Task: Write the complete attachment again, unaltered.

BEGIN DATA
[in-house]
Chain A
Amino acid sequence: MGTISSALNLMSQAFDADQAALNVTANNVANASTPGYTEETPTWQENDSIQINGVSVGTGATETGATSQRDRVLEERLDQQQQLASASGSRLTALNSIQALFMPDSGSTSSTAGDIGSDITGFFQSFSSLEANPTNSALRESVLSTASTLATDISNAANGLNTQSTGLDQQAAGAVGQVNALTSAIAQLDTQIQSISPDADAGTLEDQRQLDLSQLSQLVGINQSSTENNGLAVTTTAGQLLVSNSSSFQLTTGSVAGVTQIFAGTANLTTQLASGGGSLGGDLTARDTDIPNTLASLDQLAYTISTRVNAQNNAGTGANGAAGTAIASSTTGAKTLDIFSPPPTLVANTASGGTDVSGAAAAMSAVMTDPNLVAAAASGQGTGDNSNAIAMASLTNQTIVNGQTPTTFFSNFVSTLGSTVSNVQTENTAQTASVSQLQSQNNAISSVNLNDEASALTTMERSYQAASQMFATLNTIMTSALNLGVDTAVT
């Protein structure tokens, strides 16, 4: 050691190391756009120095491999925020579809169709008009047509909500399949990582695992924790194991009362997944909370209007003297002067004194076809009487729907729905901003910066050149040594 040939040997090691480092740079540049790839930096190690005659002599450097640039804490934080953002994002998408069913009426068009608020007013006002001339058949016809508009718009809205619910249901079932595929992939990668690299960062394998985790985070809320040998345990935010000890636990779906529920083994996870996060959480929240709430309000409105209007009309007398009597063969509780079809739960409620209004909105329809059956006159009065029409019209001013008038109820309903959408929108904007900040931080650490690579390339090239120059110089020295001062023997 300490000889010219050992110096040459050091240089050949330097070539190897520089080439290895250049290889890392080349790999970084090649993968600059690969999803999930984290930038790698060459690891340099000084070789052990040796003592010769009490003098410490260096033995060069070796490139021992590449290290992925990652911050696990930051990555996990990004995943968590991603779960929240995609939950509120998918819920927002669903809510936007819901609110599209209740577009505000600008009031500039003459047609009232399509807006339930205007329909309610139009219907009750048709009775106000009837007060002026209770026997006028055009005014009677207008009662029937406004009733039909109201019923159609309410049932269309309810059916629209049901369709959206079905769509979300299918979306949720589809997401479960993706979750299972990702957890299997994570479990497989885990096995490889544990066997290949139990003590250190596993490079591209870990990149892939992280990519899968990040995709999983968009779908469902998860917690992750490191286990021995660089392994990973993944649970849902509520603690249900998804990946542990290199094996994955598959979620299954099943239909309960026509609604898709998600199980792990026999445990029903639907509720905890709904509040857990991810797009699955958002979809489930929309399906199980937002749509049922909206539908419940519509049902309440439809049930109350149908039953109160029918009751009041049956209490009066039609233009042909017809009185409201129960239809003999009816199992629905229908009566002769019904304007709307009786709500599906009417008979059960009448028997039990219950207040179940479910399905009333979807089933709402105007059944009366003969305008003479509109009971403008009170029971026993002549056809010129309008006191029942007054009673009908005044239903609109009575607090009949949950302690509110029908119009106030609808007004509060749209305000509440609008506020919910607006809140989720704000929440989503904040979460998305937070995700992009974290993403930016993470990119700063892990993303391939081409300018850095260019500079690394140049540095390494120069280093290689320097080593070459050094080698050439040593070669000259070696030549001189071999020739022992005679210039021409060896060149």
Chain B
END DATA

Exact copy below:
[in-house]
Chain A
Amino acid sequence: MGTISSALNLMSQAFDADQAALNVTANNVANASTPGYTEETPTWQENDSIQINGVSVGTGATETGATSQRDRVLEERLDQQQQLASASGSRLTALNSIQALFMPDSGSTSSTAGDIGSDITGFFQSFSSLEANPTNSALRESVLSTASTLATDISNAANGLNTQSTGLDQQAAGAVGQVNALTSAIAQLDTQIQSISPDADAGTLEDQRQLDLSQLSQLVGINQSSTENNGLAVTTTAGQLLVSNSSSFQLTTGSVAGVTQIFAGTANLTTQLASGGGSLGGDLTARDTDIPNTLASLDQLAYTISTRVNAQNNAGTGANGAAGTAIASSTTGAKTLDIFSPPPTLVANTASGGTDVSGAAAAMSAVMTDPNLVAAAASGQGTGDNSNAIAMASLTNQTIVNGQTPTTFFSNFVSTLGSTVSNVQTENTAQTASVSQLQSQNNAISSVNLNDEASALTTMERSYQAASQMFATLNTIMTSALNLGVDTAVT
């Protein structure tokens, strides 16, 4: 050691190391756009120095491999925020579809169709008009047509909500399949990582695992924790194991009362997944909370209007003297002067004194076809009487729907729905901003910066050149040594 040939040997090691480092740079540049790839930096190690005659002599450097640039804490934080953002994002998408069913009426068009608020007013006002001339058949016809508009718009809205619910249901079932595929992939990668690299960062394998985790985070809320040998345990935010000890636990779906529920083994996870996060959480929240709430309000409105209007009309007398009597063969509780079809739960409620209004909105329809059956006159009065029409019209001013008038109820309903959408929108904007900040931080650490690579390339090239120059110089020295001062023997 300490000889010219050992110096040459050091240089050949330097070539190897520089080439290895250049290889890392080349790999970084090649993968600059690969999803999930984290930038790698060459690891340099000084070789052990040796003592010769009490003098410490260096033995060069070796490139021992590449290290992925990652911050696990930051990555996990990004995943968590991603779960929240995609939950509120998918819920927002669903809510936007819901609110599209209740577009505000600008009031500039003459047609009232399509807006339930205007329909309610139009219907009750048709009775106000009837007060002026209770026997006028055009005014009677207008009662029937406004009733039909109201019923159609309410049932269309309810059916629209049901369709959206079905769509979300299918979306949720589809997401479960993706979750299972990702957890299997994570479990497989885990096995490889544990066997290949139990003590250190596993490079591209870990990149892939992280990519899968990040995709999983968009779908469902998860917690992750490191286990021995660089392994990973993944649970849902509520603690249900998804990946542990290199094996994955598959979620299954099943239909309960026509609604898709998600199980792990026999445990029903639907509720905890709904509040857990991810797009699955958002979809489930929309399906199980937002749509049922909206539908419940519509049902309440439809049930109350149908039953109160029918009751009041049956209490009066039609233009042909017809009185409201129960239809003999009816199992629905229908009566002769019904304007709307009786709500599906009417008979059960009448028997039990219950207040179940479910399905009333979807089933709402105007059944009366003969305008003479509109009971403008009170029971026993002549056809010129309008006191029942007054009673009908005044239903609109009575607090009949949950302690509110029908119009106030609808007004509060749209305000509440609008506020919910607006809140989720704000929440989503904040979460998305937070995700992009974290993403930016993470990119700063892990993303391939081409300018850095260019500079690394140049540095390494120069280093290689320097080593070459050094080698050439040593070669000259070696030549001189071999020739022992005679210039021409060896060149």
Chain B